During coaching sessions with our agents, we’ve been asking: “Where can we support you more in 2023? How can we skill you up? How can we help you to sell more houses?” Because the singular focus of our team is selling houses.
That’s how you make money in real estate. And, invariably, the answer that I continue to get is, “I’m overwhelmed by the CRM,” or “I don’t know where to start with my lead generation.”
It’s normal, and I get it. There’s a lot of tech involved and a lot of systems to learn.
So we developed an appointment-setting checklist to help you sort through the noise and get on track to meet your goals.
The appointment-setting checklist
We’re not just making calls to make calls, and we’re not here to do lazy follow-up like “checking in.”
We’re here to have meaningful conversations with folks that want to transact in real estate.
When you do the little things and make it about the person, not the property, you’ll gain more traction and have a better shot at winning clients.
In order to do that, you need a game plan, because the longer a conversation goes, the higher likelihood you set an appointment. You want to keep people on the phone.
With that in mind, here is your 7-step checklist:
#1—What time block are you utilizing for lead generation?
Is it the 8 to 11 time block, the 4 to 6 time block, or something else? When are you dedicating your time to appointment setting? Because that is the goal of every single one of these calls.
Once you know what time block you’ll be using, and you have that dedicated time set aside in your schedule, the next question is obvious.
#2—Who are you calling?
What’s the first phone number you’ll be dialing? And what type of lead are you focusing on during that time block?
Once you determine what your call sheet looks like and create that call sheet, stick to one type of lead. I wouldn’t be hopping around from calling a hot buyer to an expired listing to a circle dial. Group like-kind prospects together, so you’re in the same mindset on these calls.
#3—How many calls are you going to make?
What’s your goal? What’s the number you’re trying to hit?
Once you know that, put your list together.
Label each call sheet and commit to calling every number in front of you.
#4—What script are you going to use?
What OFQ are you going to use?
OFQ is a Phil Jones formula, which is behind every sales script out there:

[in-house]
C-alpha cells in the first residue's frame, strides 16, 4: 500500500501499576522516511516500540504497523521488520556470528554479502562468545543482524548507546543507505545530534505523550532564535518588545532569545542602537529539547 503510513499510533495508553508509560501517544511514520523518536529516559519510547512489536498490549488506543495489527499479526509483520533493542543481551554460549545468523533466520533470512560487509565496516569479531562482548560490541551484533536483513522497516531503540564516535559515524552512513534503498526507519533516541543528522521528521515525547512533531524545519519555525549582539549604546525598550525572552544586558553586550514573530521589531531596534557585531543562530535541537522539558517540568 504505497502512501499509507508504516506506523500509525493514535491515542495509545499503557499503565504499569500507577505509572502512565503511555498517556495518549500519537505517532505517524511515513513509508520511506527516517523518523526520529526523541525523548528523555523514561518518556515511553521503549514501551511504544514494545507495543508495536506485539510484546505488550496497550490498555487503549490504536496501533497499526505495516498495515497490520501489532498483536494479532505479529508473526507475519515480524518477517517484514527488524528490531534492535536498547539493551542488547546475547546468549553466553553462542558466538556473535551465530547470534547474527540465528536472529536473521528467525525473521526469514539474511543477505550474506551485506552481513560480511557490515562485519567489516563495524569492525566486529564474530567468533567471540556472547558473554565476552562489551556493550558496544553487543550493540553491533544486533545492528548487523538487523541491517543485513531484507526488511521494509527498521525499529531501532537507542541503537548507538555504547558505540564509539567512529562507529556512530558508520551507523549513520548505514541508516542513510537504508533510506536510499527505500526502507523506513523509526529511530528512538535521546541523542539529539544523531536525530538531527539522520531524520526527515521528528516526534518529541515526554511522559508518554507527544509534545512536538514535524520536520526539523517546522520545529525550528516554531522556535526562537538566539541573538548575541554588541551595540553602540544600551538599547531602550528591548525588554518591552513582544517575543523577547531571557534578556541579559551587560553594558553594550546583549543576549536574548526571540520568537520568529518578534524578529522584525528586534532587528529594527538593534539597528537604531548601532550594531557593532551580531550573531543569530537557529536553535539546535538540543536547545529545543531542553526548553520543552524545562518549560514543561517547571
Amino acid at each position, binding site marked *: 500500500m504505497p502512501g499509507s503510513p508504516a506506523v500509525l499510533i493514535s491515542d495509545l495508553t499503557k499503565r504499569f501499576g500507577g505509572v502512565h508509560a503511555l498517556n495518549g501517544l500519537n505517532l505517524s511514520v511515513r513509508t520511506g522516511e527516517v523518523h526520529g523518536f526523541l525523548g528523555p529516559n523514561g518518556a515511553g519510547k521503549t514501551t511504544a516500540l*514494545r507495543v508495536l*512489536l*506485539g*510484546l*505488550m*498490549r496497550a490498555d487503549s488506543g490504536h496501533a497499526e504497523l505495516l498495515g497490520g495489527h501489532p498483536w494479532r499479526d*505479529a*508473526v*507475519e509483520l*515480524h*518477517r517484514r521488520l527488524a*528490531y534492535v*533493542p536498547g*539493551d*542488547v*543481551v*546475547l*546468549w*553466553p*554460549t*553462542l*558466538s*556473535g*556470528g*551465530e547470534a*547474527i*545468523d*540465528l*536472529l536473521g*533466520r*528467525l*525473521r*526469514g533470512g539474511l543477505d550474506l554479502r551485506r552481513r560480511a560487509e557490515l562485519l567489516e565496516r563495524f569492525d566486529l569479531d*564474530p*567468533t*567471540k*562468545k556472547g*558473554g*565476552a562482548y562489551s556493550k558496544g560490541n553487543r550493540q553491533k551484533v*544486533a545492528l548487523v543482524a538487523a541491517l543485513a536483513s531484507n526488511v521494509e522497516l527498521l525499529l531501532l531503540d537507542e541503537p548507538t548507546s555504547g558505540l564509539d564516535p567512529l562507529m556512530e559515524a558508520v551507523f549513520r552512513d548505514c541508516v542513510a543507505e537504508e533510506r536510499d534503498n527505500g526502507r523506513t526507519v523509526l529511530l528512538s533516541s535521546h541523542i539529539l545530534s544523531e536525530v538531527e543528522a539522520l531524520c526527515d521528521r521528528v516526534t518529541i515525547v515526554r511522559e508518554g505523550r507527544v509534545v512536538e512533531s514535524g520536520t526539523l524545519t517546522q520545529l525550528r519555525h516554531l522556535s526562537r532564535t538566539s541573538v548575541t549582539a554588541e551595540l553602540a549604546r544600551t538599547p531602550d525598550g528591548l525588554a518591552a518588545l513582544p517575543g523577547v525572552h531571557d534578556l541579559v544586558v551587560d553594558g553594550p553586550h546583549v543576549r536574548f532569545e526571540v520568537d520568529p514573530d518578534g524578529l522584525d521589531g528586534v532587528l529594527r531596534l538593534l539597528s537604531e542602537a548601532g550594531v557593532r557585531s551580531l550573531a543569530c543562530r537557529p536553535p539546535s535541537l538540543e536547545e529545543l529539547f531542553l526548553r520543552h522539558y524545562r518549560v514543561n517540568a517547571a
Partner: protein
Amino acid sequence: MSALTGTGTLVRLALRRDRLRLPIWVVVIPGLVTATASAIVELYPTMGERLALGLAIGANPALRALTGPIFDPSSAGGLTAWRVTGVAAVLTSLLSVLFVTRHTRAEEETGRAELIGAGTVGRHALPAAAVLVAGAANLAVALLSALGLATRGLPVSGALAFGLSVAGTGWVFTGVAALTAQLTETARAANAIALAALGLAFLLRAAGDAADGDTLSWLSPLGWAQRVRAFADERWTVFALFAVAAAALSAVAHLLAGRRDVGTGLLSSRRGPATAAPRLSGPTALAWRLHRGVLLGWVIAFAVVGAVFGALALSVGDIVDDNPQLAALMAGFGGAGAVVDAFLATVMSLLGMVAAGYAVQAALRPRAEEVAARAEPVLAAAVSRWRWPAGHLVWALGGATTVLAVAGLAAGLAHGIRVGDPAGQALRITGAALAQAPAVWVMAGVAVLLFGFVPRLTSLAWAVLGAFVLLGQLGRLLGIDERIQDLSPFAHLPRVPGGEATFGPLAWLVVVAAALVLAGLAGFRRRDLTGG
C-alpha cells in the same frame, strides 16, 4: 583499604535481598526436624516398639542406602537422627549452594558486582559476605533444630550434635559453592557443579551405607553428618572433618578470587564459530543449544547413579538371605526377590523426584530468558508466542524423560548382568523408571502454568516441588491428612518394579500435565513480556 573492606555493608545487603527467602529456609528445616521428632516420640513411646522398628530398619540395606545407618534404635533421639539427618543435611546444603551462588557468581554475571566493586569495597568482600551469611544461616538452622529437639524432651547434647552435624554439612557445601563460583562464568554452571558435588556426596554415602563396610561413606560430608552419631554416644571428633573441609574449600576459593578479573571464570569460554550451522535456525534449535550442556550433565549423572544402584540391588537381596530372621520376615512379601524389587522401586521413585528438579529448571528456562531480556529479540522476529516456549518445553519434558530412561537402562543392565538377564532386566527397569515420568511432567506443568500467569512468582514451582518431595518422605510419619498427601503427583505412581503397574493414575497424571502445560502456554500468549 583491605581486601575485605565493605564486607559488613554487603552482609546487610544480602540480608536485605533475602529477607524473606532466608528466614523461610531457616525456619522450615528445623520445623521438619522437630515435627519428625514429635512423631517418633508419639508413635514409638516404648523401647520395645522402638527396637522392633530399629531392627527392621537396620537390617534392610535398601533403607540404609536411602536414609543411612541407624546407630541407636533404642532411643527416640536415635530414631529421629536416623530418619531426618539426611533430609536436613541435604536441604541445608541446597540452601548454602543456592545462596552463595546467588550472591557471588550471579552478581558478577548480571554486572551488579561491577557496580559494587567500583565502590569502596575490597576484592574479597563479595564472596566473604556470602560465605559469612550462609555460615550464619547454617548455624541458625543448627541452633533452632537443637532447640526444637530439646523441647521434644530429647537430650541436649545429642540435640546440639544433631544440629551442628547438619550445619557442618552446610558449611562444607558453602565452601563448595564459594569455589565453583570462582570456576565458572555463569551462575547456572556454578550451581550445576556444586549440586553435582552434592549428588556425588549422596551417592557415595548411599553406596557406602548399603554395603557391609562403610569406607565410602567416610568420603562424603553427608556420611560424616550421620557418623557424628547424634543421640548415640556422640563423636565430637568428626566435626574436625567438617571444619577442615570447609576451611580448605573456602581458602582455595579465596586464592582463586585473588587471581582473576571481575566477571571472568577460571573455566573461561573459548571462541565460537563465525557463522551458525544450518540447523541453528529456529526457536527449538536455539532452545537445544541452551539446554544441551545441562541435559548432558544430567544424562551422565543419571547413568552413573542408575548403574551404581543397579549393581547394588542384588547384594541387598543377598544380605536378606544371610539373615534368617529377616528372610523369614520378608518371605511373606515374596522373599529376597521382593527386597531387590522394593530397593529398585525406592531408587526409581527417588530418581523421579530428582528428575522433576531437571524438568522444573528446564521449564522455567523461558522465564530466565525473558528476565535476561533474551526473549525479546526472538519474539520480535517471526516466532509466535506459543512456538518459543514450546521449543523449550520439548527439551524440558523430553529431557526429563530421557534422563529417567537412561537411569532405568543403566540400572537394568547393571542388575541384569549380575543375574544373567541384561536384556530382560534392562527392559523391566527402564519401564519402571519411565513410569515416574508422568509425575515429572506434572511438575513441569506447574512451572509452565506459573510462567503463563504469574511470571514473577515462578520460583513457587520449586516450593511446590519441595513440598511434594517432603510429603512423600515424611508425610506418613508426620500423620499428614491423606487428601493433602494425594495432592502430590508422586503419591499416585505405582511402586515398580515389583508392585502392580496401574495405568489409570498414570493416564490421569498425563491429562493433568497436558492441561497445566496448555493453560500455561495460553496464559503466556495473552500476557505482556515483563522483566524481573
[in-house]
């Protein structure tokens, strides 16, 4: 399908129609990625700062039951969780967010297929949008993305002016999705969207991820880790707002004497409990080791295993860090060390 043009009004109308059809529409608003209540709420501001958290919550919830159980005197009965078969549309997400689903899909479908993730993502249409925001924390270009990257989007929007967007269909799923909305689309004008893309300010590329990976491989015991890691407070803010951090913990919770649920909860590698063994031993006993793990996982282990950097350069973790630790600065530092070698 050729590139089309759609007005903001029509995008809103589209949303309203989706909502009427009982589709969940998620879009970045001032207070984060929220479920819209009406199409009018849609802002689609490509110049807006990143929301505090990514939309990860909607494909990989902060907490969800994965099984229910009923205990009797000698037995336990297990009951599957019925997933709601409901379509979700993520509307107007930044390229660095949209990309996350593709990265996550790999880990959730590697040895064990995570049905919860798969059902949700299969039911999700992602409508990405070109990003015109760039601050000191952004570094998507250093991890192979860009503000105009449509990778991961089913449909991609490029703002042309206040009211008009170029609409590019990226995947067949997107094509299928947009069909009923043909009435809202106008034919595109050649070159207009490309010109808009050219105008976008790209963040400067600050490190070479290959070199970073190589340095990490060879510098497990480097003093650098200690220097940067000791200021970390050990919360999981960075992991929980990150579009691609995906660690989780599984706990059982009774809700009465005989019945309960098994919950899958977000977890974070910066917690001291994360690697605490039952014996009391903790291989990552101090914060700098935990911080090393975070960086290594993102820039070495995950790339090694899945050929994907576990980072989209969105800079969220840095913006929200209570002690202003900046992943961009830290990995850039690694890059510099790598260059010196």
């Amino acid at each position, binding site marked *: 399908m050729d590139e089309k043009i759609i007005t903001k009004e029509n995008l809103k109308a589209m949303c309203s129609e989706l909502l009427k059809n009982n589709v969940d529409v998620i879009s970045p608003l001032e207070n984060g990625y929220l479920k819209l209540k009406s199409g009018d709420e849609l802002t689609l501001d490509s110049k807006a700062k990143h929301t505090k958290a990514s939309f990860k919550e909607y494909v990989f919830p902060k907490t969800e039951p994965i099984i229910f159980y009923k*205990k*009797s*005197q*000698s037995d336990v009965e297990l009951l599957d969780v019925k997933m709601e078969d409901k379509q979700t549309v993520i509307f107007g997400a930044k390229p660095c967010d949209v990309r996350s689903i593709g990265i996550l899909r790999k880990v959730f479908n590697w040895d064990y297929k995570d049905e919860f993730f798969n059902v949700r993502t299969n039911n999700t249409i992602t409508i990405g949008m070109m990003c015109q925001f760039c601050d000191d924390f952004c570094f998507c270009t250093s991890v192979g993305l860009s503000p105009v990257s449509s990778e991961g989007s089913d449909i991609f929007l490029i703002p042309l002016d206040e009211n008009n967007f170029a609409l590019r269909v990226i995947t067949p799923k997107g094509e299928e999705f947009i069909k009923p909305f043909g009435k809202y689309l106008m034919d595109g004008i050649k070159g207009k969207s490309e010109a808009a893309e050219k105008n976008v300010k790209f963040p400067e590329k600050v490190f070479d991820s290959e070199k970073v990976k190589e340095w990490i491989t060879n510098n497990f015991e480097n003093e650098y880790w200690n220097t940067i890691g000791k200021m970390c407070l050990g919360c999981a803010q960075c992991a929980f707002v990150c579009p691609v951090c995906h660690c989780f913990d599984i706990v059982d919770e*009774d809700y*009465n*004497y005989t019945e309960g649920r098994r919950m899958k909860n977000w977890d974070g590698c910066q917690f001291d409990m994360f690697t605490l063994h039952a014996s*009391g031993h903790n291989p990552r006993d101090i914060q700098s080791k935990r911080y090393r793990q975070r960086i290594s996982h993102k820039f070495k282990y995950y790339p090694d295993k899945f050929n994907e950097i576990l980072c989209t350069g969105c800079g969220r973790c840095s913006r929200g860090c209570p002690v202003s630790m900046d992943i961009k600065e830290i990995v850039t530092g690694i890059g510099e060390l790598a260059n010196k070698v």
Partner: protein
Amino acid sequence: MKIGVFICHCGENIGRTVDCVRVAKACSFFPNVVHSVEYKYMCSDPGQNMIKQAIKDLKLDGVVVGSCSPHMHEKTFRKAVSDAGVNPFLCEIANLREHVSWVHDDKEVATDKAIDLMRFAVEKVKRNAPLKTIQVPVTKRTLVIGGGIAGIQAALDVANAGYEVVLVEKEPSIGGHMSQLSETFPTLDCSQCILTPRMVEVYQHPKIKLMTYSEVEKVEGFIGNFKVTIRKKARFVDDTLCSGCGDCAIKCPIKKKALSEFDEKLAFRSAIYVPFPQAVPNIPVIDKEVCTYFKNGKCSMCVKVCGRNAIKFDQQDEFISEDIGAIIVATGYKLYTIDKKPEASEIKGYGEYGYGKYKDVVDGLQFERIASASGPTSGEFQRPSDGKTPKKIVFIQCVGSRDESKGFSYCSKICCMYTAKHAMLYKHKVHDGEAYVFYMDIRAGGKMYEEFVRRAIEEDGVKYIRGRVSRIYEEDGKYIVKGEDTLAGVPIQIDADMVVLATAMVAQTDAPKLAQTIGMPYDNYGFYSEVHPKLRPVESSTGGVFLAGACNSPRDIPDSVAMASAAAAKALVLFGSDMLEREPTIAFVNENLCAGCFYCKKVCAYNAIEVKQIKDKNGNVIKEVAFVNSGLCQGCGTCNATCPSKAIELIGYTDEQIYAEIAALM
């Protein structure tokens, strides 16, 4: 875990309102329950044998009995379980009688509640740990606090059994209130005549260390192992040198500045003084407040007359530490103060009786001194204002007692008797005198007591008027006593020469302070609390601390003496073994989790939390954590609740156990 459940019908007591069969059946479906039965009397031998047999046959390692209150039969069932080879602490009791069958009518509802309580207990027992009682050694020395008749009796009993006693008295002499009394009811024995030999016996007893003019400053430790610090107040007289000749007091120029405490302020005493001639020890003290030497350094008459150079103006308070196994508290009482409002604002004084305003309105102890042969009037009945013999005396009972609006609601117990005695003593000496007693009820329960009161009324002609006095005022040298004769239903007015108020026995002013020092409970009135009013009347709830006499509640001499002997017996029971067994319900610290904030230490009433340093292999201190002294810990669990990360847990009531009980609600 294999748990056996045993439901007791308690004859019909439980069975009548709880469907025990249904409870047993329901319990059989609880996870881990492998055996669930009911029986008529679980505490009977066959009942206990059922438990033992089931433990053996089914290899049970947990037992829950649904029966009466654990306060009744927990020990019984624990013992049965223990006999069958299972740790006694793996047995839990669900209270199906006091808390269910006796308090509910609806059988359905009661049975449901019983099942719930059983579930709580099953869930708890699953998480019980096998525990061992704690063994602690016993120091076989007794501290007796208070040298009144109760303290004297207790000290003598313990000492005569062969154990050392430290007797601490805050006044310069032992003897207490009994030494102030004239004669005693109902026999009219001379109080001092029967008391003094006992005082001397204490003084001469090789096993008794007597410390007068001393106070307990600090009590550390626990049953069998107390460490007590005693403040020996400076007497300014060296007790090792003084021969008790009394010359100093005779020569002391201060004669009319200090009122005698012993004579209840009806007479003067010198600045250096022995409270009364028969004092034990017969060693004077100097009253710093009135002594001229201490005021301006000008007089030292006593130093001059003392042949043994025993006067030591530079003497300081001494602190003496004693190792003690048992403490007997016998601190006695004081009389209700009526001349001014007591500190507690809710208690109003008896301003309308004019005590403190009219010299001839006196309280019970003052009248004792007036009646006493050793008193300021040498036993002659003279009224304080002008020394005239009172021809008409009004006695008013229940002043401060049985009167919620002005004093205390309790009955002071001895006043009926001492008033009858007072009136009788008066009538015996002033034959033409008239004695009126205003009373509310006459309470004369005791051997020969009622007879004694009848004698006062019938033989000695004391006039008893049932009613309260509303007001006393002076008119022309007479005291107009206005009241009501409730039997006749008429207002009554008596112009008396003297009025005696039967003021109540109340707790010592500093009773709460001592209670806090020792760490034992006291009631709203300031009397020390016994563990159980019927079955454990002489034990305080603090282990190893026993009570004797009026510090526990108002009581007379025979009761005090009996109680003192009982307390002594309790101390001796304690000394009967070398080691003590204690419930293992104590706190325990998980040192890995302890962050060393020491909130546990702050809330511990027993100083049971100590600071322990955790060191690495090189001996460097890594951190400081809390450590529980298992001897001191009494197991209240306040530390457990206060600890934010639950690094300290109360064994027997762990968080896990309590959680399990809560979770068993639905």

The opening isn’t going to change from one call to the next: “Hi, It’s Tom here, with RE/MAX. I’m following up with you as promised…”
The facts, on the other hand, will change.
- Rates might be coming down
- Inventory may be down
- There may be a sale on the street
- You might have properties to show a buyer
Those are facts, one of which you’ll insert right after the opening. And it goes without saying that the fact you choose has got to be something of interest to the person you’re calling.
Now for the question:
“Just out of curiosity, when would be a good time to schedule a tour?” or “When would be a good time for us to meet to go over what these homes are selling for and how that might affect the value of your property?”
You’ve got to ask more questions in these scripts. And every single script that’s out there uses an OFQ format.
#5—What voice mail are you dropping?
And are you pre-recording it? Because you’re going to save a lot of time.
These should be value-based. It can sound something like this:
“Hey, it’s Tom Toole, here, with RE/MAX. I’m calling you because there’s a lot of noise out there around the housing market right now. And it’s really hard for consumers to understand what’s actually happening in the marketplace. I’ve got some important data I want to review with you that could impact your next real estate decision. Give me a call back at <phone number>, and we can talk more about how that affects your real estate needs.”
That’s an intentional voicemail. I’d have four or five of these pre-recorded and ready to drop so you’re not leaving the same voicemail over and over and over again.
#6—What’s the follow-up text or follow-up email if you don’t speak to someone?
What data are you putting out there? What information are you sharing? And are you attaching a video to it?
You can take one of the KCM charts from our friends at Keeping Current Matters, explaining why 2008 and 2023 are nowhere near being close to each other.
Include a video and maybe some text copy in the email, and send it out to everyone you don’t connect with on the phone. That’s a heck of a lot better than, “Hey, I just tried calling. When are you ready to move?” That kind of lazy follow-up is what we’re trying to avoid here.
What deliverable are you going to give people that you don’t talk to?
As for the people you do talk to, I would argue that you should send a personalized video, along with your resumé and reviews. Record a message like, “Hey, Nick, thanks so much for taking my call today. I understand that you and Michelle are still trying to figure out what’s going to be the best move for you and your family. And I want you to know that I’m here to be a resource. Here’s my cell, and I’ll make sure to follow up as planned.”
Simple. Easy. Just put the video to it—people love video.
AND When’s the next outreach attempt?
In other words, when is your next follow-up? Are you scheduling that in your CRM? If not, that should definitely be on your to-do list.
#7—Did you do all the prep work before you time-blocked?
If you follow this checklist, and you get all those steps ready, you can focus on what matters most—which is the consumer on the other end of the phone. Have real conversations about their needs, meet them where they’re at, show empathy, and ultimately, find the people that want a reliable guide in the current marketplace.
That’s how you prep to win. Now, you’ve got to go implement.